Michael Yon is considered by many to be the Ernie Pyle of the 21st century. Though Yon is not a household name, his voice and opinions have a great deal of power. His writing and photography have been praised by such diverse figures as NBC’s Brian Williams, General David Petraeus, legendary war reporter Joe Galloway and reporter Tom Ricks.
He has clocked more time embedded in Iraq and Afghanistan than any other writer, spending time with American, British, and other coalition troops. He is credited with taking what many consider the most iconic photo of the Iraq war, of then-Major Mark Bieger cradling a mortally wounded Iraqi girl named Farah. This in addition to finding time to go on his own, un-embedded, to Afghanistan. Most recently, he was present for clashes between the Thai government and Red Shirt protesters, which he documented on his Facebook page.
He is a legend among bloggers. The story of how he paid out of pocket to go to Iraq and see for himself what was happening has been an inspiration to citizen journalists. He has also been a controversial figure. He is known for being outspoken, sometimes criticizing the mainstream media or public officials. Some say that it is unbecoming of a journalist and that it violates objectivity. His response has often been, “I’m a writer, not a journalist.”
In the interest of full disclosure, I have a pro-Yon bias. It’s due to him that I got my start writing. He was the one who first suggested I write, and prodded me to submit to Michael Yon’s Frontline Forum (now offline). I have a signed copy of his book Moment of Truth in Iraq (which everyone should read) on my shelf, and gave multiple copies to friends and family. I owe Michael a great deal and consider him a hero — and a mentor.
During our chat, we talked about General Petraeus, the (now moot) possibility of General James Mattis taking over Centcom, the Afghan government, Wali Karzai and his recent run-ins with Blackfive (as readers know, good friends of the War Is Boring crew). A lot was discussed, and the interview eventually shifted from phone to e-mail.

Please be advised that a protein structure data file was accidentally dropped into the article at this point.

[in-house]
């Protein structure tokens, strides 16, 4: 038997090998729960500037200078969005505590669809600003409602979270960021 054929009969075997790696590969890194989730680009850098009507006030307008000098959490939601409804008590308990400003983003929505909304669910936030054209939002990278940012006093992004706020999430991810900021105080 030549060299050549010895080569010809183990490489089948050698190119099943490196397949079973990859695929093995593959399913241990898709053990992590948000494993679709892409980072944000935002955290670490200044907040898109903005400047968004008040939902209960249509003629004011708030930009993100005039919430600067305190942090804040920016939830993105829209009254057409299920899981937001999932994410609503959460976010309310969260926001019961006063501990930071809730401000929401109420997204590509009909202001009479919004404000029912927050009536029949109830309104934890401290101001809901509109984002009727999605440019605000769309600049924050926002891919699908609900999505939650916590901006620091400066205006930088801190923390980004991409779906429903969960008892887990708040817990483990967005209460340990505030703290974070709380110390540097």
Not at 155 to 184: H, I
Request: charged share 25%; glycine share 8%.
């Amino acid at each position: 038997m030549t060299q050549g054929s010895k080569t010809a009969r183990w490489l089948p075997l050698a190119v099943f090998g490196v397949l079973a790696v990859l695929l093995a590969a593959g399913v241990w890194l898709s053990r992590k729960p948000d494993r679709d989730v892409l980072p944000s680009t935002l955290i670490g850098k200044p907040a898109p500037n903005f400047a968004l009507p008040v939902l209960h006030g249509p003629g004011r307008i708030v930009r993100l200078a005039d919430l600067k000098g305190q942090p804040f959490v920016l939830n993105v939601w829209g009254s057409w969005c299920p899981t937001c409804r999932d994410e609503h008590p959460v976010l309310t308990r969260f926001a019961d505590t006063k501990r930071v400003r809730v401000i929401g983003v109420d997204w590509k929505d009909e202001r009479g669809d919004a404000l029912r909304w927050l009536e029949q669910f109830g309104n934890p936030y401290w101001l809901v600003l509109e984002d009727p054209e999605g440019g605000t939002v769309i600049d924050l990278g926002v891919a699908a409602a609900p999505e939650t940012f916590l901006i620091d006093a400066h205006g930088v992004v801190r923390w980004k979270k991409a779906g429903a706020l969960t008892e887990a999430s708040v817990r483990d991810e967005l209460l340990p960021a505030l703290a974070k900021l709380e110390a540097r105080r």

Here are a few snippets:
WIB: At first, you were supportive of General McChrystal. What initially appealed to you?
MY: Important to read that carefully. I was clearly quoting other sources and finished off the piece with, “And now we likely will get the chance to see if a McChrystal-Rodriguez team can do in Afghanistan what Petraeus-Odierno did in Iraq.”
Today we know the answer.
WIB: What changed?
MY: I saw the products of his work.
Now Petraeus is in charge. This is a fairly large upset to see him recalled from Centcom to be put back in the field. This is a huge endorsement of his leadership abilities that he would be recalled to more closely manage operations in Afghanistan. However, this move does not come without raising some questions. What are the implications of this reassignment? What does this mean for the rest of Centcom?
As long as Afghanistan is sinking down the hole, that must be a primary focus. If General Petraeus can turn this around and significantly reduce the violence by about 2012 while continuing to build a government, I would consider that progress. I do, however, expect 2011 to be very deadly and probably worse than we ever saw in Iraq. I cannot speak for implications for the rest of Centcom.
WIB: Several Afghan officials have expressed disappointment in McChrystal’s departure. How will they respond to Petraeus? Particularly, how do you see him dealing with controversial, and sometimes unpopular, figures like Wali Karzai?
MY: You and I will figure that out at the same time, which probably won’t be much later than the Karzais and Petraeus figure it out. Apparently McChrystal got along better with the president of Afghanistan than the one he alledgedly voted for.
WIB: The rules of engagement for our forces in Afghanistan have come under alot of flak recently. At the same time, though, you’ve pointed out the importance of restraint, both in Iraq and Afghanistan. How can the U.S. — and coalition forces as a whole — strike a balance between defending themselves and minimizing collateral damage?